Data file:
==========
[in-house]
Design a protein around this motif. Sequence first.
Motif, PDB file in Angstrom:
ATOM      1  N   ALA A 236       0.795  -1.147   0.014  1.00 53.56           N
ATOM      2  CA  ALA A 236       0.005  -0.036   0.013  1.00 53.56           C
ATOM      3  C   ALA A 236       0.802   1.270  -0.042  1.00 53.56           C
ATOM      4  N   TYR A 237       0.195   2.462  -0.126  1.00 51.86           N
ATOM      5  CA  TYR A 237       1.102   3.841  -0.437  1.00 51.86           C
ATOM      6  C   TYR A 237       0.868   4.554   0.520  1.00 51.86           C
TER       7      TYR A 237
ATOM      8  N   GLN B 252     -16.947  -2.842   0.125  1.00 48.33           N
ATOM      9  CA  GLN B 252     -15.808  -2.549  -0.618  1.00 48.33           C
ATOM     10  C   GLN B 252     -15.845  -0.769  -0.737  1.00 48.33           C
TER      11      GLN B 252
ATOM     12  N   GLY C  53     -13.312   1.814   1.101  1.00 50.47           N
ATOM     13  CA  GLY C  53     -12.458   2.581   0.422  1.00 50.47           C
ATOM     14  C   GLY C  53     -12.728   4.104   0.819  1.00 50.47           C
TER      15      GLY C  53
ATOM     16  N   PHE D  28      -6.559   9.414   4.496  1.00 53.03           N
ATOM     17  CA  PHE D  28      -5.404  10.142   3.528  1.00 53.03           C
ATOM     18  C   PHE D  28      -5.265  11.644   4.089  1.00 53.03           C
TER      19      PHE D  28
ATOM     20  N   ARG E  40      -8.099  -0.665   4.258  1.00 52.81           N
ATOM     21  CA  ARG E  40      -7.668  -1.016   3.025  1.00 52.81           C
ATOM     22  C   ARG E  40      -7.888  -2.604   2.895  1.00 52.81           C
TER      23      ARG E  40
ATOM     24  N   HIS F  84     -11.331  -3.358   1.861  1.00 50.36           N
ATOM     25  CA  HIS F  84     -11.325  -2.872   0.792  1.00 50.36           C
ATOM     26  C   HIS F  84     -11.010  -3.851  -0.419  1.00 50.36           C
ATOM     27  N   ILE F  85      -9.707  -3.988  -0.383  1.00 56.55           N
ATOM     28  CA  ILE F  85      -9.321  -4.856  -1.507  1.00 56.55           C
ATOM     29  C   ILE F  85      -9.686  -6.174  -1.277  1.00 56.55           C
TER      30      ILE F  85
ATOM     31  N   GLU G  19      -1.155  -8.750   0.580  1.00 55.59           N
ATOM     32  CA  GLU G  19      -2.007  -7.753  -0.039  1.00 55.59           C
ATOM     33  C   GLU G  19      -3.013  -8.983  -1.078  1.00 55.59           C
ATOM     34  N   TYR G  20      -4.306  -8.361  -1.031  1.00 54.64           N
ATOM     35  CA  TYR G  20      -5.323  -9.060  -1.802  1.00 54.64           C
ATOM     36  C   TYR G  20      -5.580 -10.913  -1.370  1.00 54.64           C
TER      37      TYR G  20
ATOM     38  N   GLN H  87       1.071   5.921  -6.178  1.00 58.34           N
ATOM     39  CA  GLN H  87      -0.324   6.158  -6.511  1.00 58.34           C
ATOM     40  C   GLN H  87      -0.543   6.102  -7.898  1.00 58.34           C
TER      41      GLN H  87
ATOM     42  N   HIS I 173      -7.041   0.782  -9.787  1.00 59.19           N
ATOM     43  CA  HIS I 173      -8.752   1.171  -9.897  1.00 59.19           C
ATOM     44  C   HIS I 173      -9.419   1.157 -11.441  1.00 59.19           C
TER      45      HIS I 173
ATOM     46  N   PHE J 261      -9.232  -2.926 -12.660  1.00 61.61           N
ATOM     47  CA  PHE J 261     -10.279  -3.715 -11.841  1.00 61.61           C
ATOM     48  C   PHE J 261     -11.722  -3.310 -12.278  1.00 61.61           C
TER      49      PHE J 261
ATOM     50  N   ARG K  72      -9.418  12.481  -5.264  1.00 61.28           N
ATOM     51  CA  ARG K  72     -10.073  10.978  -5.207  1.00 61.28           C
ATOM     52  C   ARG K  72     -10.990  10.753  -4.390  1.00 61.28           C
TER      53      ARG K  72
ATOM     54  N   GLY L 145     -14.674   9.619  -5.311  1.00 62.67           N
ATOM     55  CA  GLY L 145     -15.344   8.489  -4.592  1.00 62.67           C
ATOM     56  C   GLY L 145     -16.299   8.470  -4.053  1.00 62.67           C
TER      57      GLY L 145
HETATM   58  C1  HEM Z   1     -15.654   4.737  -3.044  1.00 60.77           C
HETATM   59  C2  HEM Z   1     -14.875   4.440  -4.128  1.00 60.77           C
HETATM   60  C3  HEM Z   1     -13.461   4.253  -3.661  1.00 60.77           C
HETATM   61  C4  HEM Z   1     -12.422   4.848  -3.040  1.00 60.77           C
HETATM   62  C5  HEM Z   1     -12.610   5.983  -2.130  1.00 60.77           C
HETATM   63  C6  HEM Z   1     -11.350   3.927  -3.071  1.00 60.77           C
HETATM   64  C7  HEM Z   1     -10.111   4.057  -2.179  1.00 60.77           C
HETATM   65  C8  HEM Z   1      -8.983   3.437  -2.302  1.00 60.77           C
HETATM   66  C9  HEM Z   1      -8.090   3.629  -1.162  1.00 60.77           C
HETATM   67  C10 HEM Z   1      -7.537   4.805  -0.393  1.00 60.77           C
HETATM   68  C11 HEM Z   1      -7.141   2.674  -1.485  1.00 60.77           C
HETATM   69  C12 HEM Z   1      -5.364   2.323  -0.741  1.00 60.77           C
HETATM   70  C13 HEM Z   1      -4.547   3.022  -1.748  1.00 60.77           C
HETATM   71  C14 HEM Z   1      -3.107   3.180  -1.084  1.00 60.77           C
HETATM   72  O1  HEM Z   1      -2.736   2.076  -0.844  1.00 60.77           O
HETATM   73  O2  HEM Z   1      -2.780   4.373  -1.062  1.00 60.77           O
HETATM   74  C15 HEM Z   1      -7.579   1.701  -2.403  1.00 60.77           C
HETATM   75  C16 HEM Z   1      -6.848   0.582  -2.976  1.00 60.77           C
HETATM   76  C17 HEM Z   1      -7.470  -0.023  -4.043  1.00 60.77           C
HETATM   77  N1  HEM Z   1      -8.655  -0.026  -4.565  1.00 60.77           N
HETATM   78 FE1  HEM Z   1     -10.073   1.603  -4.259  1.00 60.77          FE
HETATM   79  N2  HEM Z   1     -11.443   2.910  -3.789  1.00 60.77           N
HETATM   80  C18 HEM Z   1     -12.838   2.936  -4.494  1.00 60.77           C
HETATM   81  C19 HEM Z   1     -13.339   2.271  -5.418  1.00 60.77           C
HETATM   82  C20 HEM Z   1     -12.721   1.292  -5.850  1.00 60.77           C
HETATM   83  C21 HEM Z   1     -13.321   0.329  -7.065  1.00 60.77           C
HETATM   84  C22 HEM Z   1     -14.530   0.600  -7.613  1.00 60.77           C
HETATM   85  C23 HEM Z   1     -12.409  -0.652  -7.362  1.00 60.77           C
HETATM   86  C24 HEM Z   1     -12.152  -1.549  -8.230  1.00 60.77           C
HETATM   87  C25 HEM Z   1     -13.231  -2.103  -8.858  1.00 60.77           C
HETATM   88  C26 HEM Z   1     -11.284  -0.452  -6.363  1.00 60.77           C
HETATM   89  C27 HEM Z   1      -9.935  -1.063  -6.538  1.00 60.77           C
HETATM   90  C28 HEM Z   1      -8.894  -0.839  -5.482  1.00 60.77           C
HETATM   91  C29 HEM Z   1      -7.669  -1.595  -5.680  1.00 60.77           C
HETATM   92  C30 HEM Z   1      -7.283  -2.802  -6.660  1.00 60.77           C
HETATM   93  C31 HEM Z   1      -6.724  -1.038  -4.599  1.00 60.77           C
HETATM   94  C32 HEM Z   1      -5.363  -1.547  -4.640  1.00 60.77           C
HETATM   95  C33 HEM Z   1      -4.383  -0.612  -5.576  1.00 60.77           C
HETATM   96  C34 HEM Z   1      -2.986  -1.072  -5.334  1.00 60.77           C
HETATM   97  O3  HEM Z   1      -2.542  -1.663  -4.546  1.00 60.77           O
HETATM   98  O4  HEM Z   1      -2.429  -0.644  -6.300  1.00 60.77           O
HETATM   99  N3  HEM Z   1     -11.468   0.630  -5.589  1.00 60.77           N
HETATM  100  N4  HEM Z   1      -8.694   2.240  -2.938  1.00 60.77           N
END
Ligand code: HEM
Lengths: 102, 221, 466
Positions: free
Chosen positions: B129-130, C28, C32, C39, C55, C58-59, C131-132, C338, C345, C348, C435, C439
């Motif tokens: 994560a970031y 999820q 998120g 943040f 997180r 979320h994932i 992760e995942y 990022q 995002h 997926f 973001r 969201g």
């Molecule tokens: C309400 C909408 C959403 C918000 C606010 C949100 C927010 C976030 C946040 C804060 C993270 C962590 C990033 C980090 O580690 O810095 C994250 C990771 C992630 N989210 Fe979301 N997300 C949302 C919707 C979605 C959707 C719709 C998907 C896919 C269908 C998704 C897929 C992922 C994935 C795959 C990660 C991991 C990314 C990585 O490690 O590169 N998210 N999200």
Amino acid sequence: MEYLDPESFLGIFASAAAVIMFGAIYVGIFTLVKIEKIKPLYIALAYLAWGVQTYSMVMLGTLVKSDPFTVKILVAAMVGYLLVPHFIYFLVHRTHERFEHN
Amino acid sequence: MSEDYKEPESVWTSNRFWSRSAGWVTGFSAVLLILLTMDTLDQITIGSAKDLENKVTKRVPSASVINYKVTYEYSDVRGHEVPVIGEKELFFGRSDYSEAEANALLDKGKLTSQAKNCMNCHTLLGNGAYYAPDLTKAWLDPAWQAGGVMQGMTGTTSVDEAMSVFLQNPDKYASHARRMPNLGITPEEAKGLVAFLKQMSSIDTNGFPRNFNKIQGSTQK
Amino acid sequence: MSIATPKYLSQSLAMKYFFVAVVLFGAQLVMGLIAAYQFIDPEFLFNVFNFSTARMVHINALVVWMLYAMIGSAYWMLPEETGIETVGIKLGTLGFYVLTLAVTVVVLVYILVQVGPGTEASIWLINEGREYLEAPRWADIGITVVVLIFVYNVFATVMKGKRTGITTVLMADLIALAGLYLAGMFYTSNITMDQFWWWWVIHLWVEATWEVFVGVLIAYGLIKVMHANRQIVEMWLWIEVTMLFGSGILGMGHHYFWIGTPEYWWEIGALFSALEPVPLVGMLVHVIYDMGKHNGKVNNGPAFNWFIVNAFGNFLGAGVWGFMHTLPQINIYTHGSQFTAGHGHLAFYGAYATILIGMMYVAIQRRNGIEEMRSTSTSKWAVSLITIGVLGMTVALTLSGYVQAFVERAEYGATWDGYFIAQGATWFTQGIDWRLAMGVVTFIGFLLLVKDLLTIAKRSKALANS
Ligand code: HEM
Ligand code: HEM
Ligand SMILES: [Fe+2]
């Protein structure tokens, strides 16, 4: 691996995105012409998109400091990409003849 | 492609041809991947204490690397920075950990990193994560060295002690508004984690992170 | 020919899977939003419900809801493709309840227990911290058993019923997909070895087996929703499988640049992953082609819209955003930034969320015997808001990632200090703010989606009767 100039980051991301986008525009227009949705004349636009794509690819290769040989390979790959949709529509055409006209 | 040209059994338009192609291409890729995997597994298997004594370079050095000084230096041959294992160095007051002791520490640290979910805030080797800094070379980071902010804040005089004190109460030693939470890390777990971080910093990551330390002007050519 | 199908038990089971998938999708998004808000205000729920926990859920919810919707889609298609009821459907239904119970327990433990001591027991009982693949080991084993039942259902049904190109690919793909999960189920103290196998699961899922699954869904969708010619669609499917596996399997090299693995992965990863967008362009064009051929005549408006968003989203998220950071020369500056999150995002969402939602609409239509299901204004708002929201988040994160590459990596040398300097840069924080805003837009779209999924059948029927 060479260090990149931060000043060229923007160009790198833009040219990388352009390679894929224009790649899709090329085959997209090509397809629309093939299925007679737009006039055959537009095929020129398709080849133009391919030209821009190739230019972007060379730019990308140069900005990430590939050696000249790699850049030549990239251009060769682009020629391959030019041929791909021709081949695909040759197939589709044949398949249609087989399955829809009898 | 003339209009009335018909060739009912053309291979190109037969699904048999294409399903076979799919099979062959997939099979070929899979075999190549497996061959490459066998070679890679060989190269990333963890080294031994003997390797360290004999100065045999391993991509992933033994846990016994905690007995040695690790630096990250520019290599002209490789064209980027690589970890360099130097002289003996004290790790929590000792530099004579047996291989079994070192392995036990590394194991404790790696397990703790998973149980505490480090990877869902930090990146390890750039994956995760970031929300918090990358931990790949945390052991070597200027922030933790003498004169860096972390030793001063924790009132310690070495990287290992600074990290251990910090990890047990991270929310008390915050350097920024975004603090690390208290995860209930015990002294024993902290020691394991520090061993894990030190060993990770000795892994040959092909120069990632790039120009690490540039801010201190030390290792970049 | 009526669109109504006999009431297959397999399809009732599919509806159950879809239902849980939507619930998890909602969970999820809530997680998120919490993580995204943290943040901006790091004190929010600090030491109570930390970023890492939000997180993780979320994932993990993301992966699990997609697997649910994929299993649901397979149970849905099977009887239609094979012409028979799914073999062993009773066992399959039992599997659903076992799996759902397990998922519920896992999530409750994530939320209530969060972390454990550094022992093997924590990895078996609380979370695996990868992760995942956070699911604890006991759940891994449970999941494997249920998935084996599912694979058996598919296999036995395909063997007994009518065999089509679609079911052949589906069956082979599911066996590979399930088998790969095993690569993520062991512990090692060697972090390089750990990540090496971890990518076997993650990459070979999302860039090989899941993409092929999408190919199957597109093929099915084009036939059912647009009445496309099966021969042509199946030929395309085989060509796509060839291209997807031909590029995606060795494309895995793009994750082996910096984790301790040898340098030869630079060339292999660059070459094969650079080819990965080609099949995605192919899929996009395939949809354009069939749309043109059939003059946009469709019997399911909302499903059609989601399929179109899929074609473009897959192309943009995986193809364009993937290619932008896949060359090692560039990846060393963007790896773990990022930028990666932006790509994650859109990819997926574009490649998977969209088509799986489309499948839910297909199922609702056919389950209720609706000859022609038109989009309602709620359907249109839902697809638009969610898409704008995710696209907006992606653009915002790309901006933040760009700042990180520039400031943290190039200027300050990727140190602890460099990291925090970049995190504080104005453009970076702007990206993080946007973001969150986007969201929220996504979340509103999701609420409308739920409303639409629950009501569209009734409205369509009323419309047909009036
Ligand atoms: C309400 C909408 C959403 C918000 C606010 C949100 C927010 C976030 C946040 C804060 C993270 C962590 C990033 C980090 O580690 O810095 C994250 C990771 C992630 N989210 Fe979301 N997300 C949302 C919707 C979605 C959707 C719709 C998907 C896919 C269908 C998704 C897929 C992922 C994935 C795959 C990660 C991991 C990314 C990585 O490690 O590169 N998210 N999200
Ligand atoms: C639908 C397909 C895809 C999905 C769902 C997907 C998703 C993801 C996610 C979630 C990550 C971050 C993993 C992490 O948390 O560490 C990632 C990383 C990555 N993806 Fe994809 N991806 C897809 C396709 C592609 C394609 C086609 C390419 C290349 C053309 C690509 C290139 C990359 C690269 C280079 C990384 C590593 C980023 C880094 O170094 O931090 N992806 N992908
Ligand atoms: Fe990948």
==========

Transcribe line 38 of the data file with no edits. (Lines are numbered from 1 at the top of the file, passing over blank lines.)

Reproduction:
ATOM     35  CA  TYR G  20      -5.323  -9.060  -1.802  1.00 54.64           C